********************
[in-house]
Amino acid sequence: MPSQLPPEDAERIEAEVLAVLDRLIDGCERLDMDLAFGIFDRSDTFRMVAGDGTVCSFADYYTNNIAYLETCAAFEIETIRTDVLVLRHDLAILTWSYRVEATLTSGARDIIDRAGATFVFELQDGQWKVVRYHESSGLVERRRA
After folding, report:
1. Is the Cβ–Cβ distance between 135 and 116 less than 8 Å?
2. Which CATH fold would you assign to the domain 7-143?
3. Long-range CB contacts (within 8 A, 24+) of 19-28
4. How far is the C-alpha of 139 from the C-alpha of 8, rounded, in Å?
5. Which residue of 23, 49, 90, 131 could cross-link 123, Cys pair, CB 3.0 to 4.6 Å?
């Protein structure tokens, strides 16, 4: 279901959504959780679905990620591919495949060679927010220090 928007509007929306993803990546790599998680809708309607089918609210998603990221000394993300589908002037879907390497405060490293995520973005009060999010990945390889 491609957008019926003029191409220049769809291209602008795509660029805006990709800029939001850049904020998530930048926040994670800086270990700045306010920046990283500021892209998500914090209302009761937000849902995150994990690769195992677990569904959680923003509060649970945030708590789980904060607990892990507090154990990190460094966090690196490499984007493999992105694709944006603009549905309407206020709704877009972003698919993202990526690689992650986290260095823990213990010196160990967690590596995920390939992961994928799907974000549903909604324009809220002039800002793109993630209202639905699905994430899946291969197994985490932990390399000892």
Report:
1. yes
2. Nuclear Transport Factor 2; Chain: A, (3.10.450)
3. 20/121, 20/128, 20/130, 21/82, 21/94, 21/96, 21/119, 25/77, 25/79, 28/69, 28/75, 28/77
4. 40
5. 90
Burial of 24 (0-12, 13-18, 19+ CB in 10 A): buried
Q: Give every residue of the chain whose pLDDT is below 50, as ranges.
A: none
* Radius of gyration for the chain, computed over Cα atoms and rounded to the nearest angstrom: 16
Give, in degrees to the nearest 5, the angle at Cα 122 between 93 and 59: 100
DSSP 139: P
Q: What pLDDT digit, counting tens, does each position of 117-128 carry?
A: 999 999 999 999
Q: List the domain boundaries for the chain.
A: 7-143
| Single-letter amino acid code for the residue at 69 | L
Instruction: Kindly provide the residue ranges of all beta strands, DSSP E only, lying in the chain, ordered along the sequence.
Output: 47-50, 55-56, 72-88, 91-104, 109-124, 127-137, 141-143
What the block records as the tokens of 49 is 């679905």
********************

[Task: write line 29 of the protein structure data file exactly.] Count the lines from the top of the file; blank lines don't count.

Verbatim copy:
What the block records as the tokens of 49 is 């679905």